Cultivating Self-Reflection for Personal and Professional Growth

What do empathy, communication, adaptability, emotional intelligence, and compassion have in common? They are all so-called soft skills (which are really the hard skills) that help us thrive in our personal and professional lives. But what about reflection? In our fast-paced lives, where we often rush from one project to another, taking a moment to reflect can provide valuable insights and make our work easier.

In a Harvard Business Review article titled, “Don’t Underestimate the Power of Self Reflection,” authors James R. Bailey and Scheherazade Rehman note,

“Research shows the habit of reflection can separate extraordinary professionals from mediocre ones. We would go so far as to argue that it’s the foundation that all other soft skills grow from.”

Reflection is about learning, looking back on the day without bias or regret, contemplating your behavior and its consequences. It requires courage, thoughtfulness, and deliberation. Being at the “top of your game” only comes when you extract from your past how to engage the future.

The authors asked 442 executives to reflect on experiences that advanced their professional development, revealing three themes: surprise, frustration, and failure. Each of these is a catalyst for growth.

  • Surprise: Moments that challenge our preconceptions and open the door to deeper understanding. Have you ever been taken aback by a colleague’s unexpected outburst or witnessed a proven service’s sudden decline in popularity? These surprising moments, born from the intricate dance of human expectations, beckon us to pause and reflect. They challenge our preconceptions and open the door to deeper understanding.
  • Failure: A valuable teacher that offers profound insights for future success. Contrary to its ominous connotation, failure becomes a valuable teacher, offering profound insights for future success. Acknowledging mistakes is not a mark of weakness; it’s a testament to the courage to grow. We can only learn if we take the time to stop and intentionally reflect.
  • Frustration: A call to seek improvement, problem-solve, make changes, and innovate. Frustration occurs when we are unable to make progress toward a desired outcome. It’s where your goals clash with reality, and that clash is where the magic happens. “Goals reflect our values, and our values make up the compass that keeps us connected to our higher purpose in life and at work.“ Frustration is a call to seek improvement, problem-solve, make changes, and innovate.

“Reflection is executive functioning. True courageous reflection galvanizes your willpower. It promotes continuous self-awareness, empowers you, ensures you are valued, and gives you the self-awareness you need to quicken achieving your potential.” —Bailey and Rehman

Understanding yourself, your strengths and weaknesses, and your impact on others can improve your leadership skills, decision-making, and relationships. A study published in the Journal of Leadership and Organizational Studies found that leaders who engaged in regular self-reflection were more likely to be seen as effective, with positive correlations to job satisfaction and organizational commitment.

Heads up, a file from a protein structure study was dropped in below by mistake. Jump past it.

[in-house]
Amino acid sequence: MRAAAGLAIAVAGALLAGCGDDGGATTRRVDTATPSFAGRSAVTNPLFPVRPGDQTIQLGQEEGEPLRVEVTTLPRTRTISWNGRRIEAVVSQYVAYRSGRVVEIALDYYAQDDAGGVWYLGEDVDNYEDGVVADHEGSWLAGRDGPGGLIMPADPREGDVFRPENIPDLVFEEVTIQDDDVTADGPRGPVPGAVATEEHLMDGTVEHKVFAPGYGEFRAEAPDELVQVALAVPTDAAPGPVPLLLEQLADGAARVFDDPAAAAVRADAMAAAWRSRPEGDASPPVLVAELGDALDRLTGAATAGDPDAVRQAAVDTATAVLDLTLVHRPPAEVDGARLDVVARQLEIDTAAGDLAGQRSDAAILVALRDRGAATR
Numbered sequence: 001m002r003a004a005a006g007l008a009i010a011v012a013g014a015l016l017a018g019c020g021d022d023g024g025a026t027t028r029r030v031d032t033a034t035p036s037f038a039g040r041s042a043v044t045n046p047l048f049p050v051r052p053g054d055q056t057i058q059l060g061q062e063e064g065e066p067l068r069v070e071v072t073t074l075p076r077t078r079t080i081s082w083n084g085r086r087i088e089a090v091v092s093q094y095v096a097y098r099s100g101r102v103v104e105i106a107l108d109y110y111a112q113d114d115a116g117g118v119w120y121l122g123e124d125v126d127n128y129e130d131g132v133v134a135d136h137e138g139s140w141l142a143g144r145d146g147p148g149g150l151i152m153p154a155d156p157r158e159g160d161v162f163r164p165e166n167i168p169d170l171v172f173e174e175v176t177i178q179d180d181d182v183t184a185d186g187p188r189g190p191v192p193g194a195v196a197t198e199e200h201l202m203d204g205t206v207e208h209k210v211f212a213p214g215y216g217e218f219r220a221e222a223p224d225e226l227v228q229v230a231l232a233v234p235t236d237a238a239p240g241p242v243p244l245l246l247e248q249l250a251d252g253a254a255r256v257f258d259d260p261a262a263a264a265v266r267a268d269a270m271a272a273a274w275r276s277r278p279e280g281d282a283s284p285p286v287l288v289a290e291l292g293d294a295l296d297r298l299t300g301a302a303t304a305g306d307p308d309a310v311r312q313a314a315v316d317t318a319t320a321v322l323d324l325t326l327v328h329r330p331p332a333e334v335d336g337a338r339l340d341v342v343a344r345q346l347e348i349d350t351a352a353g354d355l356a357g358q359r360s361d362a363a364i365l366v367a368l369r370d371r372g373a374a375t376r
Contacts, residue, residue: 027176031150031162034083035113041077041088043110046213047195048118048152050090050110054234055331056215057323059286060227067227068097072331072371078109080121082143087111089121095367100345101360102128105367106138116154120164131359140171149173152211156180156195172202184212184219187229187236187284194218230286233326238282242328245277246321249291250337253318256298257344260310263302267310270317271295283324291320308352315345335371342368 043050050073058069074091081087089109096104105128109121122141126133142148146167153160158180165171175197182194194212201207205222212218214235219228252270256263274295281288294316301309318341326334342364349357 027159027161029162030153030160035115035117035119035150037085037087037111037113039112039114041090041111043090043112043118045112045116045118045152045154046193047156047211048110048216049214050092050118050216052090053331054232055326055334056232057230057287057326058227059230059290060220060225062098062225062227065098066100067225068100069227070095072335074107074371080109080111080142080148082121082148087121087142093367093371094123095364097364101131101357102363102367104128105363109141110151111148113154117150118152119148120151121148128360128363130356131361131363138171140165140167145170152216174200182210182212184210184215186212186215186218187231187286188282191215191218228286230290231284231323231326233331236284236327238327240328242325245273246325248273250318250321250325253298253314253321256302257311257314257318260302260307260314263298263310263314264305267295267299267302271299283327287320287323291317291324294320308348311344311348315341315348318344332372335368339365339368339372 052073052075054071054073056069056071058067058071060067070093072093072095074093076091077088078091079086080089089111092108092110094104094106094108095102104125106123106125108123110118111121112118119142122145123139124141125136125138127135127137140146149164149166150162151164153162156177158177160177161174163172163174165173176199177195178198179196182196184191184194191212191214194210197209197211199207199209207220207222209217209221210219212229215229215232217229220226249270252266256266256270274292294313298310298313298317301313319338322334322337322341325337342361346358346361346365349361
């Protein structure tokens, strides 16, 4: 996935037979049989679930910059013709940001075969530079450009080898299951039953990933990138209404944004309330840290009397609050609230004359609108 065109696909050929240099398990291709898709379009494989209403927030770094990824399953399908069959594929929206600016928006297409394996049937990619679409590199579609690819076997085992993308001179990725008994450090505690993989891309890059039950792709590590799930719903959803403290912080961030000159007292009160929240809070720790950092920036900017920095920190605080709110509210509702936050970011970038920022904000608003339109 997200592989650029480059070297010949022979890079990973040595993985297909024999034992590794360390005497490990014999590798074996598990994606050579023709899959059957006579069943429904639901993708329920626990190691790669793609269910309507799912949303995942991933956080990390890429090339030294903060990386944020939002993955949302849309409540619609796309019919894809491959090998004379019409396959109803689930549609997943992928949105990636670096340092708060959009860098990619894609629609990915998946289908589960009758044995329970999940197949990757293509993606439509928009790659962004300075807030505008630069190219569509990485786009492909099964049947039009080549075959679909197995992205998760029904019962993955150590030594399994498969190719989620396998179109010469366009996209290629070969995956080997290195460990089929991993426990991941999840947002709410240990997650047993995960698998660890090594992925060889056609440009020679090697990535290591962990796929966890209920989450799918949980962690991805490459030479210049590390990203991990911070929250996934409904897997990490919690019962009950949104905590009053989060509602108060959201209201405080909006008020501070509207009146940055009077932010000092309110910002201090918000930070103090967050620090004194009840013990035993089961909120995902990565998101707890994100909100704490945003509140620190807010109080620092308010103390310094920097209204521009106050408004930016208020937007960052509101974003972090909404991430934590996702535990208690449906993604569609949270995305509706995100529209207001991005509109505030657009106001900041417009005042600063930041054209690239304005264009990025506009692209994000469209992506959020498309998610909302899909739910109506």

Crafting a Reflective Practice: Gentle Steps Toward Growth

Make it a habit to reflect on surprise, frustration, and failure in your life.

  1. Keep a Journal: When surprise, frustration, or failure visits, take a moment to document the experience. Detail the emotional nuances and immediate thoughts, seeking to understand the underlying triggers. Note what your inner judge or inner critic is telling you about the situation, and what your body is feeling. Try to uncover the gift or opportunity in these situations. You might not find an answer immediately, but if you stay with the practice, they will come.
  2. Weekly Review Sessions: Dedicate a specific time each week to revisit your journal entries. This dedicated space enables honest self-reflection, fostering a deeper understanding of your experiences and promoting growth.
  3. Enhance Your Entries: Don’t just replay the events; add to them. Think of yourself as a detective. What’s the real story behind the surprise, failure, or frustration? How can you avoid a repeat?

I understand that after a long day, engaging in self-reflection might seem exhausting, but it provides an opportunity for mental rejuvenation and personal growth, helping you understand your challenges better and recharge for a more fulfilling life overall.

Tools for Reflection

  • YearCompass: Use this free booklet to uncover patterns, capture dreams, and design your ideal year.
  • Gibbs’ Reflective Cycle: One of the most famous cyclical models of reflection that leads you through six stages exploring an experience: description, feelings, evaluation, analysis, conclusion and action plan.
  • The Four F’s of Active Reviewing: A framework taking you through Facts, Feelings, Findings, and Future.

Coaching Support:

Are you struggling to create a compass that connects you to your higher purpose and calling? Do fear and procrastination hinder you from taking that crucial next step?

I understand the challenges because, like you, I’ve been there. Procrastination can easily turn days into weeks and weeks into years.

I specialize in coaching individuals like you, guiding them to re-awaken their creativity, enhance their leadership skills, and embark on a transformative journey to start a new chapter in their lives. While it’s possible to navigate this journey alone, the reality is that it often takes much longer without a coach to guide you.

Let’s expedite your path to success together. Book an introductory 30-minute coaching call with me, and let’s explore how I can help you overcome obstacles, unleash your potential, and achieve the fulfillment you deserve.